I started reading a TINY bit of CIRCE today on my lunch break — like, 5 pages — and I immediately fell in love with the writing and the story. I can’t wait to dive into it more this weekend.

    Also, for you “difficult topic” category — you should throw MY ABSOLUTE DARLING in there. I had to stop reading it because it’s VERY difficult to read. It deals with sexual and mental abuse between father/daughter, and it’s not very kind to animals, either. The writing style is gorgeous, and I can’t deny it’s a deeply moving book, but it’s very, very unsettling. I’ve read reviews from people who loved it, and from people who hated it, so it’s quite polarizing.

    • Reply Rachael January 4, 2019 at 12:23 pm

      I’m debating between Circe and I’ll Be Gone in the Dark for my Goodreads pick. Though, I might just read them both!

  • Reply Sarah Hood January 21, 2019 at 6:22 pm

    My first book for the year was “The Killing” by David Hewson (the English language novelisation of the Danish TV series, rather than a book on which the series was based), which was 720 pages – the longest book I’ve read in a while, but really gripping. Also just finished Kate Morton’s “The Shifting Fog” (also published as “The House at Riverton”), which was 545 pages. Between them, I think I have categories 1 and 2 covered. The other book I’ve read this year was “The Death of Mrs. Westerway”, by Ruth Ware, but I don’t think that fits any of the January categories particularly. For a classic you can read in a day, I recommend Jane Austen’s “Love and Friendship”, a collection of short stories she wrote as a teenager. Only 87 pages, but a really enjoyable read. Enjoying the challenge, thank you!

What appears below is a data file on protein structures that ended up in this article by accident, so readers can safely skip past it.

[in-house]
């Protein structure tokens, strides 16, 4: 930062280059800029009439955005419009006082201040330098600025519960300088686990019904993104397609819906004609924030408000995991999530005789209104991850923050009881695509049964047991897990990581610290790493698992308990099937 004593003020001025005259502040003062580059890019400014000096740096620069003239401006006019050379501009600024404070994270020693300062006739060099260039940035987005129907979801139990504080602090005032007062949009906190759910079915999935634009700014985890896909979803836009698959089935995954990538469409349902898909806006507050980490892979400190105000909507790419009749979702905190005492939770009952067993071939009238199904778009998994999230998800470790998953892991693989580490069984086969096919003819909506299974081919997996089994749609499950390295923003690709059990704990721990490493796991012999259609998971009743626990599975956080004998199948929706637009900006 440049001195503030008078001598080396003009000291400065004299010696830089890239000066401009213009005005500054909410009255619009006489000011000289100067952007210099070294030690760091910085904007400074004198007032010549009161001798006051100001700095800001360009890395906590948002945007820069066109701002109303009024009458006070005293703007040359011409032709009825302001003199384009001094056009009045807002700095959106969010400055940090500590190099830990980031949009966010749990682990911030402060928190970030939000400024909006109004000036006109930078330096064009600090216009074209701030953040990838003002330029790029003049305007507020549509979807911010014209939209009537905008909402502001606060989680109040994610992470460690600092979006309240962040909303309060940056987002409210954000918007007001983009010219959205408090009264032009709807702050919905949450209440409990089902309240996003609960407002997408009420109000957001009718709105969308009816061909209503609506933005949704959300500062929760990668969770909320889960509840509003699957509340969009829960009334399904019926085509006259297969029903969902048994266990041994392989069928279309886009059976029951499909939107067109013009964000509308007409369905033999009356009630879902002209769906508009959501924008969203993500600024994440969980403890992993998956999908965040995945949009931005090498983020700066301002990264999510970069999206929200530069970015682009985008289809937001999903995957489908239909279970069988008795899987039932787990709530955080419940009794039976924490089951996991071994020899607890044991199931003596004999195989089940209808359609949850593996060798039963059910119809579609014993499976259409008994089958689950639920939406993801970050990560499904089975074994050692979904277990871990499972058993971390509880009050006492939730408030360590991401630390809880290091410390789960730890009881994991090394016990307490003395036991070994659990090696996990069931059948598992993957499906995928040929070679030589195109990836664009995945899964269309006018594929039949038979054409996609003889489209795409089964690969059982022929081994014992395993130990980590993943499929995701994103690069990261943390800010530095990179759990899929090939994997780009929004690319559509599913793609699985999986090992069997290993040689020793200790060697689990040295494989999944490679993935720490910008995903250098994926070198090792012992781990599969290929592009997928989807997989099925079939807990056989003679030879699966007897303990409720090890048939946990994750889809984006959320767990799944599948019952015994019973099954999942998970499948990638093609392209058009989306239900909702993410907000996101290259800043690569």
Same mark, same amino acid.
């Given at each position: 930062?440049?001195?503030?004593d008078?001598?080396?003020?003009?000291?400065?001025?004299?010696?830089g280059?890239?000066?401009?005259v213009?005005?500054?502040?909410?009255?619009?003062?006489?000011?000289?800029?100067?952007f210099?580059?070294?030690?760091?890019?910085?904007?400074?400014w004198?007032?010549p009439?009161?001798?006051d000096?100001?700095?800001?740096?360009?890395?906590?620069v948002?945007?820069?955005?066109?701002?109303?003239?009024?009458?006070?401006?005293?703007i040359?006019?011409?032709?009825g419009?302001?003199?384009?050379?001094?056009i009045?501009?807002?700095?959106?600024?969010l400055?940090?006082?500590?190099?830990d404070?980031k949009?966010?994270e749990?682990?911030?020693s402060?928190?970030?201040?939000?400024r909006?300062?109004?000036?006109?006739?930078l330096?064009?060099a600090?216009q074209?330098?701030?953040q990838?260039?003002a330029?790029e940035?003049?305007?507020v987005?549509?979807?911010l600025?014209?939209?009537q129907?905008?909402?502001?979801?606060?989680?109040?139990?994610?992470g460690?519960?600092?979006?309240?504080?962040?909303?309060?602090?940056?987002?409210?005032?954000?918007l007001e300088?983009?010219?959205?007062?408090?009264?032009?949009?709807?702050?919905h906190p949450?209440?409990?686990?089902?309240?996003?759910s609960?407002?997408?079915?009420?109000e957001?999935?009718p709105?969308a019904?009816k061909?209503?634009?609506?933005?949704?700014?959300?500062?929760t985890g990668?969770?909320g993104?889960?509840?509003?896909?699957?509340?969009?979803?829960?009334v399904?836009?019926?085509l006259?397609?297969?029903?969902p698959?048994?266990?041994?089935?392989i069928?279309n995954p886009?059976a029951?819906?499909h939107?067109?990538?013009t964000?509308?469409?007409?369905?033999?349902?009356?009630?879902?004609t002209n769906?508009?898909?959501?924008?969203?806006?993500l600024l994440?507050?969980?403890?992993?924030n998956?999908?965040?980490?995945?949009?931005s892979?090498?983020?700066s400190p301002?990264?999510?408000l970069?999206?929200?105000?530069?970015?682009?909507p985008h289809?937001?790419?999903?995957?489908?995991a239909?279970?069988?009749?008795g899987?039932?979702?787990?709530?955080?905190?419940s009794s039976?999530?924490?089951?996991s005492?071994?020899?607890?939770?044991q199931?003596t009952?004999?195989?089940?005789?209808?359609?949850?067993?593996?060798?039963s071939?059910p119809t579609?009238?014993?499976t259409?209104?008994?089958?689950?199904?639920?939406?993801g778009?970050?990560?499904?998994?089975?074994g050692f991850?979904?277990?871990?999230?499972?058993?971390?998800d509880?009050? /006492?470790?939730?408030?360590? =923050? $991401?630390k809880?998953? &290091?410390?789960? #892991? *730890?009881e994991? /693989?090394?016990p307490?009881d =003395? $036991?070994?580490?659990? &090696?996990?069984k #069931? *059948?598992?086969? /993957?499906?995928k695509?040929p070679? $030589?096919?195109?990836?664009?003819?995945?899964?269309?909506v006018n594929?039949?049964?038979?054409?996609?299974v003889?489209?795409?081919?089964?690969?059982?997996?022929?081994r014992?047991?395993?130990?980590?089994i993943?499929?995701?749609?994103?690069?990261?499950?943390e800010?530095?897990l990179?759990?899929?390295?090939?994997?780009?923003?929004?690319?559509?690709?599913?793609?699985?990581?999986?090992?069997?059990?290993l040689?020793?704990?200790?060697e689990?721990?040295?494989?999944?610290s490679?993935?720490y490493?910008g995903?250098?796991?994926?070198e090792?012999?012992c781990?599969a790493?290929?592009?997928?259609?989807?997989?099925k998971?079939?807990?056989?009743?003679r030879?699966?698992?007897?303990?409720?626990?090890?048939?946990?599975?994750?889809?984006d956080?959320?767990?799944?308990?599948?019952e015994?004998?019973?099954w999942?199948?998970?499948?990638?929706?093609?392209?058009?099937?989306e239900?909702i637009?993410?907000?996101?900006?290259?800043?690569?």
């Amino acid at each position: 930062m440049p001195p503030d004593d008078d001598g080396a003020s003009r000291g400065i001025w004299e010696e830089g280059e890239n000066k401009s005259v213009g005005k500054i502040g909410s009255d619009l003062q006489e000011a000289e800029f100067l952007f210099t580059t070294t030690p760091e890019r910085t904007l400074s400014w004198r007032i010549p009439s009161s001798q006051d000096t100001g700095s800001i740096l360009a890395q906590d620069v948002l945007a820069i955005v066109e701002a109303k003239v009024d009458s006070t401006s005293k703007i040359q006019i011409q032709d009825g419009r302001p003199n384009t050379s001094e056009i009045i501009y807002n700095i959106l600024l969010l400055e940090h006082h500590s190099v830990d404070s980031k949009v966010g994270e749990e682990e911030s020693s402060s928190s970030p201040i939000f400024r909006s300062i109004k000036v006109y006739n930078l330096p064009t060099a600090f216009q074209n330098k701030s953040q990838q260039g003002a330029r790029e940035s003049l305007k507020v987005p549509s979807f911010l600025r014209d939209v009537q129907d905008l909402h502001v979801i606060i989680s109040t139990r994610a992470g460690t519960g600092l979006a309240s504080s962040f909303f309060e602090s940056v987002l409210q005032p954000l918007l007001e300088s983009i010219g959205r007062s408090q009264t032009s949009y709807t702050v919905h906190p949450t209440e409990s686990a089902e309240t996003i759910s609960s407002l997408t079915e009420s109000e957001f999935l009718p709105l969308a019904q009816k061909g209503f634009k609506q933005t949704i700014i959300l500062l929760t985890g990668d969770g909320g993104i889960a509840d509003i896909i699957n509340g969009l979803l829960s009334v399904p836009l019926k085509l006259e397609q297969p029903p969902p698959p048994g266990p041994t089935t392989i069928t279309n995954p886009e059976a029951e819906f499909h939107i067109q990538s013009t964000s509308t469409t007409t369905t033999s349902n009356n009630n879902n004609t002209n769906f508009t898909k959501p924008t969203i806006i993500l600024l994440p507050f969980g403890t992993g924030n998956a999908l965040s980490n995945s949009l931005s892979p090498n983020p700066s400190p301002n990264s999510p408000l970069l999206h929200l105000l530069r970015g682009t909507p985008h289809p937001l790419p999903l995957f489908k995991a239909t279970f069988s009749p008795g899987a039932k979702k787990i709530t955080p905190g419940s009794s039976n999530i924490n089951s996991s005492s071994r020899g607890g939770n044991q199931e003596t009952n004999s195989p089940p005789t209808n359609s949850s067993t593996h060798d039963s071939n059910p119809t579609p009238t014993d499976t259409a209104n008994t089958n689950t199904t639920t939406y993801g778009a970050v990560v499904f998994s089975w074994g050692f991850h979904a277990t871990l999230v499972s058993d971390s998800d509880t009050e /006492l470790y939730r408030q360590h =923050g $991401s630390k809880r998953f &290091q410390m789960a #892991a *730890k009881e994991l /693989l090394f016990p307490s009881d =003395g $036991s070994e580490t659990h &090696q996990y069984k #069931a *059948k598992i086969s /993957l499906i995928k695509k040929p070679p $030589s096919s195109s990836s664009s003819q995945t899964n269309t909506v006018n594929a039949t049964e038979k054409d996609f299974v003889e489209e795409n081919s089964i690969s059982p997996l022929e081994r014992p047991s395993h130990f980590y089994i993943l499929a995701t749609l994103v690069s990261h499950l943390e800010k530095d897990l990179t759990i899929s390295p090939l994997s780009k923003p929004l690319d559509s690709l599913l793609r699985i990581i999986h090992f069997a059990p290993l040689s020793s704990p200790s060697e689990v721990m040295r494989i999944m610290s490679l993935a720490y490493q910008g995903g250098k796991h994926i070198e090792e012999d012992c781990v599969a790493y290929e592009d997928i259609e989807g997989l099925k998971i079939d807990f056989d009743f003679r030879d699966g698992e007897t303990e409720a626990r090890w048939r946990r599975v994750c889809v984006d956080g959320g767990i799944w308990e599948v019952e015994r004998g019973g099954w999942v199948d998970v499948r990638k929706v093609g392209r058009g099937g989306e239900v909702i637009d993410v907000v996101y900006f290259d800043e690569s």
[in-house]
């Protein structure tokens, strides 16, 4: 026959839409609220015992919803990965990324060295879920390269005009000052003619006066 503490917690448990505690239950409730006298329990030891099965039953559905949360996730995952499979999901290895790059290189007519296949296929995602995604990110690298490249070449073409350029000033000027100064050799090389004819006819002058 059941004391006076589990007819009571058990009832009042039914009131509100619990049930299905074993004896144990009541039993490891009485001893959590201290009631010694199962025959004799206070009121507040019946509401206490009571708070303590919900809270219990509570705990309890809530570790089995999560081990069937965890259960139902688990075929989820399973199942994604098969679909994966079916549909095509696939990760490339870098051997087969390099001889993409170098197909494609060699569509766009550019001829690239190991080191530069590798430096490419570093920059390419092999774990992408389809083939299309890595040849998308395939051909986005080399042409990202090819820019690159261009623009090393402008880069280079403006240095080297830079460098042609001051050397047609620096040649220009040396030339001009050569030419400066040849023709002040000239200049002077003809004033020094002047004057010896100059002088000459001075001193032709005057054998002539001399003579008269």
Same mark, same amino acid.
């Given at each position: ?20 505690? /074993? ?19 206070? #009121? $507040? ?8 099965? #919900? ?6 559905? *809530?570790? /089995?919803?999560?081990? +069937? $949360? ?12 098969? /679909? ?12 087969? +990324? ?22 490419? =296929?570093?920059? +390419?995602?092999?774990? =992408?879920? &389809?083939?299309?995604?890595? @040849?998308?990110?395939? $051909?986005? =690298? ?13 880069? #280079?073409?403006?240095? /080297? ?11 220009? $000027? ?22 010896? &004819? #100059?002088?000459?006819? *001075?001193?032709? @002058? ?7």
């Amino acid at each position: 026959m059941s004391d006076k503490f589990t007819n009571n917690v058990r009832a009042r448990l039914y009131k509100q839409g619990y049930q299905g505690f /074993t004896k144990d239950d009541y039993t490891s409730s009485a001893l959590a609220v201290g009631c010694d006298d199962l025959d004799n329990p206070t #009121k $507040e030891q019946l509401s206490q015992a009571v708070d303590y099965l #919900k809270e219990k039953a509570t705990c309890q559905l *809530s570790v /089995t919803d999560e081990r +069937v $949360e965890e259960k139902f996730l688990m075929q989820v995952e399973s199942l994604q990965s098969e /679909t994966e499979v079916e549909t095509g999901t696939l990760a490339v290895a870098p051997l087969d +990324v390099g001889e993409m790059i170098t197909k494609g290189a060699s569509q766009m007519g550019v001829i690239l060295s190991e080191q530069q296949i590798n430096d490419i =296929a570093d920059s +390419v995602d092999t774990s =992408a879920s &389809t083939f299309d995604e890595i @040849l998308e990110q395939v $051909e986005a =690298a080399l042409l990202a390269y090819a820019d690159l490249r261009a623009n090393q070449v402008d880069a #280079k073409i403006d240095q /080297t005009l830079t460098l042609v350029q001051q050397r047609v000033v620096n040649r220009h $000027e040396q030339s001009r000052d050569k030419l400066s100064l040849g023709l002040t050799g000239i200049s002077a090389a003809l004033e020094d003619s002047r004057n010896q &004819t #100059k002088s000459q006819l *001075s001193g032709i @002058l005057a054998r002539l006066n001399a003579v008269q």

• Reply Rachael January 22, 2019 at 2:54 pm

      I’ve never read Austen’s Love and Friendship. Adding it to my to-read list right now!

  • Reply Sarah H June 12, 2019 at 11:39 am

    Okay, now have the following “locked in” and read for prompts 1-5:
    1. A Book with more than 500 pages: “The Shifting Fog” by Kate Morton (545 pages)
    2. Book you haven’t read by an author you love: “Hercule Poirot and the Greenshore Folly” by Agatha Christie (an earlier and only recently published novella version of her later novel “Dead Man’s Folly”)
    3. Goodreads winner in 2018: “Circe” by Madeline Miller – Loved this! Thanks for the recommendation!
    4. You can read in a day: “Gunpowder Plots” by Val McDermid (would also have met prompt #2 – a book of short stories by one of my favourite crime writers)
    5. Book about a difficult topic: “The Things We Cannot Say” by Kelly Rimmer, a dual time family drama revolving around the Nazi occupation of Poland in the early years of WW2, and a present day woman’s search for her dying grandmother’s past, while managing the care of her autistic son.